Whether you are a home practice warrior with beautifully draped tapestries and flowing Zen fountains, or if your mat just barely fits snugly in the space between your bed and your dresser, the practice is the same. You are showing up to be with yourself and to enrich your life mentally and physically, regardless of the setting.
Sometimes we need a little extra motivation; this is where triggers might be helpful. Aromatherapy is a lovely way to settle your mind and your nervous system and prepare you for practice. As an alternative to essential plant oils, try infused herbal oils. According to internationally renowned herbalist, Susun Weed, “Infused herbal oils use a small amount of plant material; essential oils require tons of plant material [read: unsustainable]. Infused herbal oils are safe to use internally or externally; essential oils are poisonous internally, and problematic externally.” Best to embrace natural scent therapies such as growing live aromatic plants, or using dried aromatic herbs.
Music or soothing sounds from nature could be another way to create a vibe of focus and being present. If you have a go-to favorite playlist or Pandora station, or a favorite recording from nature, save them! Listen to them only during your home practice so that you’re excited for your next time spent on your mat. This habit will also train your mind that when your specific sound current begins, it is time for focus and mindful breathing or movement. I find that I end up dancing to the music instead of moving with my breath, so keep an eye on your pace to make sure it is yours, not your favorite band’s.
If you have one space dedicated to your practice, plants are a nice addition because they work symbiotically with your own breath as they purify the air. Also, the soft green tones are relaxing to the eyes all too often strained by back-lit computer screens.
Running late? A five-minute meditative breathing break or a quick asana warm-up can reset you as effectively as turning off your phone for a few minutes will reboot the operating system. The quality of your practice will change day to day, and it’s the days when it seems least likely to get on your mat that you probably need it the most.
I started practicing on New Years Day in 2009, which makes 6.5 years of practice. I was (poorly) recovering from a surgery and unable to go to the gym, and a coworker recommended that I try Bikram. I was frustrated and desperate at that point, bought one month unlimited, and honestly had very low expectations for myself. I was surprised to notice a dramatic change in my mobility, stamina, ability to sleep, and mood. I ended up going nearly every day that month, and started a 30 day challange immediately thereafter. In fall 2010, I completed teacher training.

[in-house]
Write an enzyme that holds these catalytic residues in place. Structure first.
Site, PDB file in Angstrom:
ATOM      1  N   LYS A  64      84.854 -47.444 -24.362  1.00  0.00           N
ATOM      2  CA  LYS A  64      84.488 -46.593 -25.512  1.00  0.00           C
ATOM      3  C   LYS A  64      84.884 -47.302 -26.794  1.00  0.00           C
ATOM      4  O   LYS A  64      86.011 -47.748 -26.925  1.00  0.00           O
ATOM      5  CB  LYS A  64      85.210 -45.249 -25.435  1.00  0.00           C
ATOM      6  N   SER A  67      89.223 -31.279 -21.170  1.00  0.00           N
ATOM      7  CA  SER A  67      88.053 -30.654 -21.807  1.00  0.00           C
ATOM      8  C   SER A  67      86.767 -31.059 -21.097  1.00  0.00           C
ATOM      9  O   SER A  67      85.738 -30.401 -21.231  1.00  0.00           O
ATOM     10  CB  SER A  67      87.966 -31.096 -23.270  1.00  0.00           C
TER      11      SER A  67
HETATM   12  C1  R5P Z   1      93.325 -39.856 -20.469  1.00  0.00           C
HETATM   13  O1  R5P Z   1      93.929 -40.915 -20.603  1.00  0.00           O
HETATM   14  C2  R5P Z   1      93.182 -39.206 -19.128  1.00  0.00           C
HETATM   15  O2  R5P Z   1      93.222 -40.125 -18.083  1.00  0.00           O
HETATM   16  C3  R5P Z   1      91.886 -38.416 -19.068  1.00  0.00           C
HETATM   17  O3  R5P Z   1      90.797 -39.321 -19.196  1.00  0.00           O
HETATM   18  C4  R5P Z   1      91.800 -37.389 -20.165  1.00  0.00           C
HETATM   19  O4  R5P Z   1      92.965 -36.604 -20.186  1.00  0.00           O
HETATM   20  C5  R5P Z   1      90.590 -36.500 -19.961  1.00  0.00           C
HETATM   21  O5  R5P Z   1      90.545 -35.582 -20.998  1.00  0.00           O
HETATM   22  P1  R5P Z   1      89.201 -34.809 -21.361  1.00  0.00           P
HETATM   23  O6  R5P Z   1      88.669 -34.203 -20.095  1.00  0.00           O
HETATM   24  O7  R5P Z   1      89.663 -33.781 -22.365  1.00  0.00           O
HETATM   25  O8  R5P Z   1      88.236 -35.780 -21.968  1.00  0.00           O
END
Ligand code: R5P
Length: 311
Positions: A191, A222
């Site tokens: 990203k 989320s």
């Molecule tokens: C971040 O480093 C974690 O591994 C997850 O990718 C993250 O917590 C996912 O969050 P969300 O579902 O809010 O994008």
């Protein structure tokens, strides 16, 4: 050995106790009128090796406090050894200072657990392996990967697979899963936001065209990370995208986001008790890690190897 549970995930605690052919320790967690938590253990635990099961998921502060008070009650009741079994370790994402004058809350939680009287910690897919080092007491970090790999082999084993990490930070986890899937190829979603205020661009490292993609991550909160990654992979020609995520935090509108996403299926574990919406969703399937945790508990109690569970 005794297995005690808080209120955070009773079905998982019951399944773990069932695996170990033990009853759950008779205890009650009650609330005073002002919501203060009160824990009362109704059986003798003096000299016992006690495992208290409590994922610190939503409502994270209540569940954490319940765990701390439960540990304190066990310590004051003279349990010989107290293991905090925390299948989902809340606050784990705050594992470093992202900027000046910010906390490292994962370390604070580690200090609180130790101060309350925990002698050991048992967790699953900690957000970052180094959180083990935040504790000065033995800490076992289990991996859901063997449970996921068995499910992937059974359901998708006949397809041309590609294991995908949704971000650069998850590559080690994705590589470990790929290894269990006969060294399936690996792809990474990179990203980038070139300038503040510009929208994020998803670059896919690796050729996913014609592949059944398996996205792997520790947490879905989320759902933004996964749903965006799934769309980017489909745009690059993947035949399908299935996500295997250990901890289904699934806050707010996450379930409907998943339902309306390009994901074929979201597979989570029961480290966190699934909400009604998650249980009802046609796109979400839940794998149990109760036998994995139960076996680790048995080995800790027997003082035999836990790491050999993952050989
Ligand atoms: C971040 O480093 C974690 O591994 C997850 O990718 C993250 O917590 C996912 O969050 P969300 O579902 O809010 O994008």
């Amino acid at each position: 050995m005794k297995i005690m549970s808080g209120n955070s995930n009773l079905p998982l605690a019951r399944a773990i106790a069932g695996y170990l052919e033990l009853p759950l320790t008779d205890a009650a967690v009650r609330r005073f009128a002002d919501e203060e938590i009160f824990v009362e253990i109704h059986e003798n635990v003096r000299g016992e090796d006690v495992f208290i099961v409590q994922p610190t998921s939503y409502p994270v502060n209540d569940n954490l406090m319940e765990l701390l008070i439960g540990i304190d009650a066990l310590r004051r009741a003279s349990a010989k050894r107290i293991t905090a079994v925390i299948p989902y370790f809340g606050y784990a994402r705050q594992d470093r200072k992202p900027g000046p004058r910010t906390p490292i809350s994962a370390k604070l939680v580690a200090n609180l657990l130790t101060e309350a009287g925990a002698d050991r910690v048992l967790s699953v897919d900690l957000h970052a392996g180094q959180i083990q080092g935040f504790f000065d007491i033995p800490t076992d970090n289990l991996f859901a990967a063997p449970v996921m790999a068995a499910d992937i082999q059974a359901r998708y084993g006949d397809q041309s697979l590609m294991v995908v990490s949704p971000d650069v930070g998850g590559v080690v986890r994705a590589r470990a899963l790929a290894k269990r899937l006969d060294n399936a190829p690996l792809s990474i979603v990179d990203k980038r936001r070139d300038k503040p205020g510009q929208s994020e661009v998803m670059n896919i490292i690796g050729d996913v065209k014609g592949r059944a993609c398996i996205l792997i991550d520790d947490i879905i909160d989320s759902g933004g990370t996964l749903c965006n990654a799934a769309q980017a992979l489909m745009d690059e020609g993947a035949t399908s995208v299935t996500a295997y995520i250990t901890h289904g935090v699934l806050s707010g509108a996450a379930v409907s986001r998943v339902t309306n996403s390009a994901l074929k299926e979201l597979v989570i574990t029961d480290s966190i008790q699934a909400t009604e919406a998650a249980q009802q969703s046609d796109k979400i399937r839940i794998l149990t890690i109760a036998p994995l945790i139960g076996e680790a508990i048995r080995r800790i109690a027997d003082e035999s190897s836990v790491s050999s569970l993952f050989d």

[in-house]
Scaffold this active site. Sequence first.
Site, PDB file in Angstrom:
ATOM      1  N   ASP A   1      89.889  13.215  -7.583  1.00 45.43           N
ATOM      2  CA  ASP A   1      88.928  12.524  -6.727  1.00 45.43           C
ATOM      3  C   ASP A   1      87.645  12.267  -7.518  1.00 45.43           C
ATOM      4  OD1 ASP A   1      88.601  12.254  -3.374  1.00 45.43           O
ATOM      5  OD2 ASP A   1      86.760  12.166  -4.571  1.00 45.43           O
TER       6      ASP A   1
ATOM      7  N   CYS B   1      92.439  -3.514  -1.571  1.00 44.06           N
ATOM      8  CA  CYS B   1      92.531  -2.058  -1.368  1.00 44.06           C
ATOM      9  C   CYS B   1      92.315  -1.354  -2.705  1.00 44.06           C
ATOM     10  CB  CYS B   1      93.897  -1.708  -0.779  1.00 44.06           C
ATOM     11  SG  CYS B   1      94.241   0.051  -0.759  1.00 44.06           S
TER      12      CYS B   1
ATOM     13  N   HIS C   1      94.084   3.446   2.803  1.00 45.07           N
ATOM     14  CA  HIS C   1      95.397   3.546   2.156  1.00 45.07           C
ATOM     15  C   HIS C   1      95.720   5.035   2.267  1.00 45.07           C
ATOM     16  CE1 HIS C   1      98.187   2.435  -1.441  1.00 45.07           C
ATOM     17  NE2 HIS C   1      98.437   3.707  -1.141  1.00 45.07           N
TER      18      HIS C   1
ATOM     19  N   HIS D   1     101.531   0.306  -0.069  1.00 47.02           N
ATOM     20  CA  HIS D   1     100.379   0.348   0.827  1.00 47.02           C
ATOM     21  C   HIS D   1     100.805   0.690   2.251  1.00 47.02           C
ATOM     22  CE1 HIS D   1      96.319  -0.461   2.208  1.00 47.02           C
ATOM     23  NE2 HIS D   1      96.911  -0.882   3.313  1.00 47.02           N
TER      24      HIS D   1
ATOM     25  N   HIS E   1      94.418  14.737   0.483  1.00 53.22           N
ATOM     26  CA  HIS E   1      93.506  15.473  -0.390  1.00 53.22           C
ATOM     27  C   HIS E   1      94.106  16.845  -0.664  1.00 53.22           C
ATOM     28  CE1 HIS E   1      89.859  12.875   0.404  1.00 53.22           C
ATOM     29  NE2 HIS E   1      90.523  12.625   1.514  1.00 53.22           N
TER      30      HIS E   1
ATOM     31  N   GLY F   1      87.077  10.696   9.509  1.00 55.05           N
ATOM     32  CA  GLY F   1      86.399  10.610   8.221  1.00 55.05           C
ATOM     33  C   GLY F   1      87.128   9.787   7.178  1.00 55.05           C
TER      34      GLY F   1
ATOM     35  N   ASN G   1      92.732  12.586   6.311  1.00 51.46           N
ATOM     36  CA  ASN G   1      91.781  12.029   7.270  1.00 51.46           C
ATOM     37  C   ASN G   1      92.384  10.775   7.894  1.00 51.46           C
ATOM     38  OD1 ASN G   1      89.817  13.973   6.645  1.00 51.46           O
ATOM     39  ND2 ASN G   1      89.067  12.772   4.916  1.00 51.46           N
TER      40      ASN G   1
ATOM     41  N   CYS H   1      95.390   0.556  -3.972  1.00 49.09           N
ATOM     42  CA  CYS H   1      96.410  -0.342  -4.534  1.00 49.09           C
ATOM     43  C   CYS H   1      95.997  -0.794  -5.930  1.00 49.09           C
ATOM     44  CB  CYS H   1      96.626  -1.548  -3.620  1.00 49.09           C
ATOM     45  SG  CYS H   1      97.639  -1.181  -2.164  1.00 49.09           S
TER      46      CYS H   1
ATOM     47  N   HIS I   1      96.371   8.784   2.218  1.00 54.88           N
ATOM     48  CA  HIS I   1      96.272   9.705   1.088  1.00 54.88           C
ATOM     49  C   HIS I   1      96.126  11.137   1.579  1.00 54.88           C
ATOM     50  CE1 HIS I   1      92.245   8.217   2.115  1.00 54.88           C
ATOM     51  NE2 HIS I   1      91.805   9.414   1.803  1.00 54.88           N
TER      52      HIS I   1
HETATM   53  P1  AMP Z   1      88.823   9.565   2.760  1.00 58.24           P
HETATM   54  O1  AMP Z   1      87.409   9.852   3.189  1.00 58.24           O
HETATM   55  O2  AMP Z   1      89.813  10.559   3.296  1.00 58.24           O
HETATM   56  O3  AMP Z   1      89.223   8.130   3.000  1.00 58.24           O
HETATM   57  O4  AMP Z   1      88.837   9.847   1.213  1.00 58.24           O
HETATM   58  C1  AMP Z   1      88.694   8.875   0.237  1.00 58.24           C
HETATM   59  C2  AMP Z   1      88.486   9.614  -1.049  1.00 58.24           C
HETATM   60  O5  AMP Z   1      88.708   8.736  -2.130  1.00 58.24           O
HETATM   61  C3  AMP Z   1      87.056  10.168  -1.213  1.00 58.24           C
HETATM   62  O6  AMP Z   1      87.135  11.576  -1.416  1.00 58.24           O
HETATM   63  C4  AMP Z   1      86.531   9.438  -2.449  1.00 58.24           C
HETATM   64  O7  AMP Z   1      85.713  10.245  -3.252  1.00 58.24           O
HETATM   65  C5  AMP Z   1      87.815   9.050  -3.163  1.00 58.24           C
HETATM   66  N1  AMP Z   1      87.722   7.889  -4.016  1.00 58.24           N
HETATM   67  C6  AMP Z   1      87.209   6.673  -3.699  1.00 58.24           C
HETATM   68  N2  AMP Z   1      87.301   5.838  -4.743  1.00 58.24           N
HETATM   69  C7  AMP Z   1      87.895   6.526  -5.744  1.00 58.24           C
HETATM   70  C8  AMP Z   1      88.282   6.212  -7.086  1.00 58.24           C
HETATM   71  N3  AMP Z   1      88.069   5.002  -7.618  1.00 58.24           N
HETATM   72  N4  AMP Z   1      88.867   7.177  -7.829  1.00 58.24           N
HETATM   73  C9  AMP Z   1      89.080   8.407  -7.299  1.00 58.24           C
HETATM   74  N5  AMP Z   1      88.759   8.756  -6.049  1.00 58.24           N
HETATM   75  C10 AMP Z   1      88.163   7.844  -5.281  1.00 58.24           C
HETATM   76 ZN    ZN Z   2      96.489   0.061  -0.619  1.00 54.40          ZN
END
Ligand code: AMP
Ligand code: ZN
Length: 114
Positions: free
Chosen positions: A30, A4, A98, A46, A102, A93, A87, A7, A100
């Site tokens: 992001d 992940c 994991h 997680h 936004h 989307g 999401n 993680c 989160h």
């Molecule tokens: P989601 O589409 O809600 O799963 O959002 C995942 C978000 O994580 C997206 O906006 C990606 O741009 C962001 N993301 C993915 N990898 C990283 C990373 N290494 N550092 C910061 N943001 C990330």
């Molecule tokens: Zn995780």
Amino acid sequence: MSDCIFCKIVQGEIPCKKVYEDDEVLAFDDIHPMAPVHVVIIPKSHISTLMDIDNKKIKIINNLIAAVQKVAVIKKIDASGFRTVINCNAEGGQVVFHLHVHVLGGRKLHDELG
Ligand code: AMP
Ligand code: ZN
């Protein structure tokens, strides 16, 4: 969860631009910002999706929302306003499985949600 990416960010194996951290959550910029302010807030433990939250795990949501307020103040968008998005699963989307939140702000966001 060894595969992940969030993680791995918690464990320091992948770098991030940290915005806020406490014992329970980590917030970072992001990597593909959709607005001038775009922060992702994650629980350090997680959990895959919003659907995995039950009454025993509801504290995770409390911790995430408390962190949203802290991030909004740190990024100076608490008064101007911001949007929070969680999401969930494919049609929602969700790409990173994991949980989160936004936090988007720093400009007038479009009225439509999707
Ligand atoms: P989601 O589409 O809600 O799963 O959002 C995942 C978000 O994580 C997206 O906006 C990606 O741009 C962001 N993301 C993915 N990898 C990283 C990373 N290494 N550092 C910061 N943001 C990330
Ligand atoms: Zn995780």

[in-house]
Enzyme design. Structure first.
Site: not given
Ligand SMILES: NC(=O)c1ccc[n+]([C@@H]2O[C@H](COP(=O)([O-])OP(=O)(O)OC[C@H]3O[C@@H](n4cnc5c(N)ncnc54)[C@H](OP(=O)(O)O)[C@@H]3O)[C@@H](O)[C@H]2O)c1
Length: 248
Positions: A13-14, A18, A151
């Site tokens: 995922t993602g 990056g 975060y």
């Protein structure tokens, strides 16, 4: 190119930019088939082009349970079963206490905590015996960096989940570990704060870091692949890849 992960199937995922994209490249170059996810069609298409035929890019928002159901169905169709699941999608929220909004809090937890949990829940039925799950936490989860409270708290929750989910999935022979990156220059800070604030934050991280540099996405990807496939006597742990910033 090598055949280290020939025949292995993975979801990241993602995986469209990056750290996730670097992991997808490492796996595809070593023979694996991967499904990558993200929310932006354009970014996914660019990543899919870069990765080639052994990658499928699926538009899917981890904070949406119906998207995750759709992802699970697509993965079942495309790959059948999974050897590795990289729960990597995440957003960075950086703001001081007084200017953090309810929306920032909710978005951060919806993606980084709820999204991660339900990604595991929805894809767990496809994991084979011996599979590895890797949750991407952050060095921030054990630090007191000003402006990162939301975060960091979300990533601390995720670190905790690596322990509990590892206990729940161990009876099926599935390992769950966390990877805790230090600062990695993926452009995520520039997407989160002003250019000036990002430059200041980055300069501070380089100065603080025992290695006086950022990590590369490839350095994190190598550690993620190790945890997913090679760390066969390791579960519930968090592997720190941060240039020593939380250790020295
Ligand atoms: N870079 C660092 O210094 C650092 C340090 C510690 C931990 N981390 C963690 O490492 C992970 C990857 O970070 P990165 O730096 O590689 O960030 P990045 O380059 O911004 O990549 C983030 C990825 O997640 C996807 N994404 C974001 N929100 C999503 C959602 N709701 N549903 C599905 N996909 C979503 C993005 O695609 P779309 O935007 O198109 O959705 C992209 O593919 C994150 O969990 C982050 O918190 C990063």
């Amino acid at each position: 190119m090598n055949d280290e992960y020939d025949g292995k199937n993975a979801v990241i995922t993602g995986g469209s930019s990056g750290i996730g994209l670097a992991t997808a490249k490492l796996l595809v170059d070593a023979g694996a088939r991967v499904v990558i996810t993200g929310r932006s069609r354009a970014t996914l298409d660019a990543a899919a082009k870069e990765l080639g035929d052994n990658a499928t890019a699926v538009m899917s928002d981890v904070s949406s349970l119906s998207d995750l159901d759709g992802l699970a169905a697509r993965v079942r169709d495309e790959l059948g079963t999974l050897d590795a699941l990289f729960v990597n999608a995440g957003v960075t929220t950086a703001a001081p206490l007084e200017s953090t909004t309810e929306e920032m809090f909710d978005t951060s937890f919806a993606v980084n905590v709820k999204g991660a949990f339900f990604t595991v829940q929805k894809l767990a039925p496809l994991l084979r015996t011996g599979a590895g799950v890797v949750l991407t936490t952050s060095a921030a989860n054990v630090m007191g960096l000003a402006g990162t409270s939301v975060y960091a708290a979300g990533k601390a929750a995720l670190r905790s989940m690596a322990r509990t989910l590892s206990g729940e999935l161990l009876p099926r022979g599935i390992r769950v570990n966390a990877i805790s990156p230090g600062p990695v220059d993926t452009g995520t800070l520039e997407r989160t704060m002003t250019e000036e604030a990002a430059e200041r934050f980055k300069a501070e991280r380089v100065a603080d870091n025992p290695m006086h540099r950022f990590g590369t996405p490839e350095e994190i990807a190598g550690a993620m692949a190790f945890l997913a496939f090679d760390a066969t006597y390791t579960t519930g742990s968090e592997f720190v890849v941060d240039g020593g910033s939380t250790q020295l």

The biggest changes occured in the muscular adhesions that resulted from improper wound healing, and the emotional issues connected to the places in which I was physically stuck. I started out barely able to lift my arms over my head for half moon and completely incapable of keeping them straight! Illness, injury, and immobility can have an immense psychological impact, and I know that first hand. My body felt broken and alien. Doing something athletic to address and and even reverse physical limitations in a fun and supportive environment made me feel strong again. This experience lead me to become a massage therapist, a teacher, and recently, to finish my degree and pursue a career in public health.
I keep coming back because my body is in constant flux and the practice helps keep me aware of that. Especially living in New York, it is easy to be overwhelmed with outside stimuli and that can take focus away from what is going on physically, mentally, emotionally with myself. Bikram yoga guarantees that for 90 minutes, I have no escape, no “out”, no distractions, no choice but to tune in.
My advice to new yogis ties into the above. Don’t be afraid to tune in! It is normal to try to create special personal rituals and distractions to avoid being with yourself and the practice for 90 minutes. We all try to escape at some point. Go to that scary place in which you don’t have that extra sweat-wiper towel, the cell phone, that different version of triangle that makes you feel stronger and more capable, or that mental to-do list in savasana that keeps your mind busy. If we get rid of these road blocks and directly face whatever is scaring us in the room, we’re building useful neural pathways that will allow us to do the same when faced with fears and challenges outside of the hot room.